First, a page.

Published March 18, 2008
Volume 16, Number 3

Roche Molecular Diagnostics Opens New Research Building
$57.5 Million Facility Research Facility Goes Green with LEED Certification

Roche’s new facility features dramatic architecture and a sprawling
courtyard, above. The facility contains a variety of high-tech labs, right.

By Nicole Zaro Stahl

February 29 was a special day for Roche Molecular Diagnostics (RMD) and Hacienda, and not just because of leap year. That Friday marked the completion of an employee move-in at the newly constructed Roche research building, a three-story,135,000-square-foot structure on the pharmaceutical giant’s 33-acre Pleasanton campus. The $57.5 million R&D center has been designed to house the dedicated scientists furthering RMD’s Nobel Prize-winning polymerase chain reaction (PCR) technology, bringing them together with related business groups under one roof.

The LEED-certified building and its surroundings incorporate a multitude of features that demonstrate Roche’s commitment to environmentally friendly practices. Outside, bioswales rim the parking lots, filtering silt and pollution from surface runoff before it reaches storm sewers. Drought-tolerant plantings and efficient underground drip irrigation cut down on water consumption, while a “cool” roof and high-performance exterior glazing reduce thermal gain or loss. Interior energy-savers include a low-pressure drop HVAC system, demand-controlled ventilation in office areas, and low-water-use fixtures in lavatories.

Other green aspects include the use of high-recycle materials in carpet, ceiling tiles, insulation, and structural steel; low-VOC-emitting adhesives, paints, and sealants; and a highly efficient T-8 lighting system and indirect lighting, along with motion controls.

Labs for core research, core chemistry, human genetics, infectious diseases, genomics and oncology, and R&D services take up the first two levels of the building, while the third floor (half of which is shell space, reserved for future growth) is strictly offices. During design there was a “fairly significant” change in office configuration, remarks Greg Canfield, the company’s senior director of Facilities Management and Planning. “Our CEO, Daniel O’Day, came on board during the planning process. He’s a big proponent of open offices and requested a full open-office plan.” Since many in the incoming business group had been used to working in private offices, Roche and its interior design partner, Pivot Interiors (see story below), were determined to come up with attractive solutions to ease the transition. “We worked closely with Dan to make sure we did it right, selecting a very nice wood system from Herman Miller, a big supporter of green construction. The feedback I’ve heard from our employees since we’ve moved in is positive,” Canfield reports.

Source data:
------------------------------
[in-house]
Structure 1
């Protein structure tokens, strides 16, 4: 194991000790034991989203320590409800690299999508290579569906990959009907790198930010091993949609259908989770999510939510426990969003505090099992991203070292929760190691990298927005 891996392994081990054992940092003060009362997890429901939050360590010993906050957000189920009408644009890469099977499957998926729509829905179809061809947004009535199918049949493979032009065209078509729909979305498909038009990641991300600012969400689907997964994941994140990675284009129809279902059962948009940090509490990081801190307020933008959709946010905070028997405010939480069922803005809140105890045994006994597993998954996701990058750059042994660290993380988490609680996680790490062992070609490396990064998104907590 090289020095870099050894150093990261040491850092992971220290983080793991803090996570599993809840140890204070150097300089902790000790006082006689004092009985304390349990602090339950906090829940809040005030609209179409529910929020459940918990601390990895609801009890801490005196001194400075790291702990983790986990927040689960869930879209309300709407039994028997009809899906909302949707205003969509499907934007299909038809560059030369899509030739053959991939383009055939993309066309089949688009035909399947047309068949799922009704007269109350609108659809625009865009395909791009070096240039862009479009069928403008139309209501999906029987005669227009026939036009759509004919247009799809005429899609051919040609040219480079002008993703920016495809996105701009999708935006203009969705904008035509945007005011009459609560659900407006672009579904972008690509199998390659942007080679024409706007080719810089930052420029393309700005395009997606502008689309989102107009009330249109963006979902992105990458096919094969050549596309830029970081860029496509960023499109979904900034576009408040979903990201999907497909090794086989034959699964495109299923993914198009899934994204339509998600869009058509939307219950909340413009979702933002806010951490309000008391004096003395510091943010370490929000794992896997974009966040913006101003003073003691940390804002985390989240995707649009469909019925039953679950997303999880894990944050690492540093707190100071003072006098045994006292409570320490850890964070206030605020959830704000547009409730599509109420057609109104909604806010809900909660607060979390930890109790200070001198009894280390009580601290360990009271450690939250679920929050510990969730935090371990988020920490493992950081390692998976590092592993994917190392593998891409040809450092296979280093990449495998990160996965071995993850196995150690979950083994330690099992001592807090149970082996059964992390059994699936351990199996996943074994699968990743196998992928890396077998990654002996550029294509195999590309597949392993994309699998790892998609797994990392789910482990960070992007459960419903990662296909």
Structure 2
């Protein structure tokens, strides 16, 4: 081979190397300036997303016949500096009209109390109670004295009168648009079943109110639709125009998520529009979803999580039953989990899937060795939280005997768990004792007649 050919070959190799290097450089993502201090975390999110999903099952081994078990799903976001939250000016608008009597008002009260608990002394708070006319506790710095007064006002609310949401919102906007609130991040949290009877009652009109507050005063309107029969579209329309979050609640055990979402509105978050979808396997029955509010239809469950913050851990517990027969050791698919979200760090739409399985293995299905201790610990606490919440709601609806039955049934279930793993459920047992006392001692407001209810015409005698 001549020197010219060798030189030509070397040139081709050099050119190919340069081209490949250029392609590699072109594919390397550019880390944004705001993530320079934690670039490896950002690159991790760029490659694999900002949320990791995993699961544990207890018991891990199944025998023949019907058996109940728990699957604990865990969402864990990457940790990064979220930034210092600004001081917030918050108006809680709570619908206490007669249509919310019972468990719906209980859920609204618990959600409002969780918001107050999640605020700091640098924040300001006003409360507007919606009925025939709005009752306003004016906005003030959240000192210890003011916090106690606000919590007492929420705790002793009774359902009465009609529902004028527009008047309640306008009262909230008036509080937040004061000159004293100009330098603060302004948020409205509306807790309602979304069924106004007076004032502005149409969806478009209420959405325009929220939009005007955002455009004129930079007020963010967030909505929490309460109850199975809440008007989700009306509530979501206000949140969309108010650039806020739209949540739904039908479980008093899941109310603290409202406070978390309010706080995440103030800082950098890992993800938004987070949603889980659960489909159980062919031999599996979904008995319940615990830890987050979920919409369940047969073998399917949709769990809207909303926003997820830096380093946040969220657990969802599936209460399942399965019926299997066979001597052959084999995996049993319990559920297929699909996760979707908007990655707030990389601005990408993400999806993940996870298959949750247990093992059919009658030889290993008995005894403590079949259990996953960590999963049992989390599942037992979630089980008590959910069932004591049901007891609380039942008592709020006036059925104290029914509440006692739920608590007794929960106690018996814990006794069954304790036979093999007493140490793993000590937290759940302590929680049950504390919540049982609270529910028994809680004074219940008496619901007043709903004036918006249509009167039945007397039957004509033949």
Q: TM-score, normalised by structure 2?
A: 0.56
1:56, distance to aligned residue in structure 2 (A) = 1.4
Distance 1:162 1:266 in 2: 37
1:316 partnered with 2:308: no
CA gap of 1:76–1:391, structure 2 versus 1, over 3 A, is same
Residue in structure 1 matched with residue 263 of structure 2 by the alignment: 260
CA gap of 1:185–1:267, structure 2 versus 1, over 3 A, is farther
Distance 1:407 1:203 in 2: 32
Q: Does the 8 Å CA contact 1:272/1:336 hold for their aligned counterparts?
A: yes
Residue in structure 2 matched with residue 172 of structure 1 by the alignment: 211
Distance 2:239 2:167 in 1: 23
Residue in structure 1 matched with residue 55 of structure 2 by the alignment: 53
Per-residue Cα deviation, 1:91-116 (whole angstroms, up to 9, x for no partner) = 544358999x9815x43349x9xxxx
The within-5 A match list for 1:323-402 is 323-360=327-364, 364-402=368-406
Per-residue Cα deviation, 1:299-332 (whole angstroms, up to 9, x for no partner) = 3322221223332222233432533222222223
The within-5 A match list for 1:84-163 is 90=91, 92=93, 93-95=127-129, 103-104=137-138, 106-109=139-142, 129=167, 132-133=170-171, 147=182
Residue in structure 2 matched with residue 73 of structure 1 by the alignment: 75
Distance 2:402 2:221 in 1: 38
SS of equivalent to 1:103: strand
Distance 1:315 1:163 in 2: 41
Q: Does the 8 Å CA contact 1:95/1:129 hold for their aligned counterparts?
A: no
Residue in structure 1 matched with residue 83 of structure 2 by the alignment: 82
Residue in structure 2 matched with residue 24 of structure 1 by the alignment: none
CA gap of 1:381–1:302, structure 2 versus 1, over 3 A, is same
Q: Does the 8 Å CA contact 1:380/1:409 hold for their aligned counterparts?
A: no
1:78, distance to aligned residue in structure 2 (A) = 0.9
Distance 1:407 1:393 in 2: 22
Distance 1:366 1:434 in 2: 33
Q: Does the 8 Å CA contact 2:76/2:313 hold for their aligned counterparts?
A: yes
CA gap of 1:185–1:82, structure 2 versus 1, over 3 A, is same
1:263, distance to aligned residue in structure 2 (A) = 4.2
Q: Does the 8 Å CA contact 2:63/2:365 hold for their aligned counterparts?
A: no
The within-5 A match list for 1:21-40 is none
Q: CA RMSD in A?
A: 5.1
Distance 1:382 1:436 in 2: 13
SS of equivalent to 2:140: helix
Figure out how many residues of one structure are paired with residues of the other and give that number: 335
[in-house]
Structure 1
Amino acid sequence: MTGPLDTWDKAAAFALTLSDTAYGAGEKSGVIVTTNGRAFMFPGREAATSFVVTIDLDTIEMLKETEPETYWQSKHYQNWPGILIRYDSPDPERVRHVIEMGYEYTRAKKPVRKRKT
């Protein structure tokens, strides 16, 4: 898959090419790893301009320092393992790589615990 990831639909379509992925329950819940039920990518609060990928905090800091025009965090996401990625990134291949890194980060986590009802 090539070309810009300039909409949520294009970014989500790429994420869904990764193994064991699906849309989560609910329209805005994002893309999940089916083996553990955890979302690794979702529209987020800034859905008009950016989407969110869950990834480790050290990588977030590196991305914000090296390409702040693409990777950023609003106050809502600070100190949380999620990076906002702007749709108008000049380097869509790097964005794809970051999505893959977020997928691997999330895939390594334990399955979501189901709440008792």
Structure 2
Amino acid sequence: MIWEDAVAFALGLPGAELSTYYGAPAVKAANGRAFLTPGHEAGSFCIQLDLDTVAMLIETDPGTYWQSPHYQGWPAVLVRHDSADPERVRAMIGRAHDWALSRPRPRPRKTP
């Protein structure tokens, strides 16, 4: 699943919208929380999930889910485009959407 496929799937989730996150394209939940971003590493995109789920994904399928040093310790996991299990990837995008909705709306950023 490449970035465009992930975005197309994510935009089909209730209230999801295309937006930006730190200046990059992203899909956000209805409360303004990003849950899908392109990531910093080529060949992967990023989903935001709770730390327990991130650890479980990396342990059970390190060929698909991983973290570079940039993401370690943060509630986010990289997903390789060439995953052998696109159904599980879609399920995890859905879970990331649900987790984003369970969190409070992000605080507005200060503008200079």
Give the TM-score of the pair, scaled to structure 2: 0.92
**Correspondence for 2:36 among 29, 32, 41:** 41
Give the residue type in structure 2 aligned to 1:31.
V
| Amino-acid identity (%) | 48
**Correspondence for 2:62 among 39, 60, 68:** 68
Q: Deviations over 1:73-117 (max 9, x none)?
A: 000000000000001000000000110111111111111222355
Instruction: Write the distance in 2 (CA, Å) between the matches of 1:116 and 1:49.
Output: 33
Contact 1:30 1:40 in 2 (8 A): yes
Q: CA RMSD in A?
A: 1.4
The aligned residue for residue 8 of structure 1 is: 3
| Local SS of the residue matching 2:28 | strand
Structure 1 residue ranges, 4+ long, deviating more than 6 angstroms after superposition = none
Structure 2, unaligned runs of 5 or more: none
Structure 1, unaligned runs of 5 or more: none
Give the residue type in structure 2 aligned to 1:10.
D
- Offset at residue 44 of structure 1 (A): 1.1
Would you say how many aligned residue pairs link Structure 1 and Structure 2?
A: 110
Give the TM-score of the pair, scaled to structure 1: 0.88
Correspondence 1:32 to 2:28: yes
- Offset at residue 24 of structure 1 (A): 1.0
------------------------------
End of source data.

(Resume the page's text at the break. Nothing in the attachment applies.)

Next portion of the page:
Stretching out over three weeks, the move went smoothly, continues Canfield, who has logged several years of experience in this area. Laboratory moves are more complex than office moves because of all the little details requiring attention, he notes. Some materials need to be kept at constant temperatures, while others demand special expertise and permits before they can be transported. Thanks to several months of meticulous planning, the phased move-in presented no surprises.

There is more to come, however. Employees—and others—are wondering about the subject of the Scott Donahue sculpture to be unveiled at the facility’s grand opening in early April. Based in Emeryville, Donahue has designed and fabricated dozens of public art projects in California and beyond. Many of his works depict historical figures, all striking and larger than life.

More information about RMD can be found on its web site, www.molecular.roche.com


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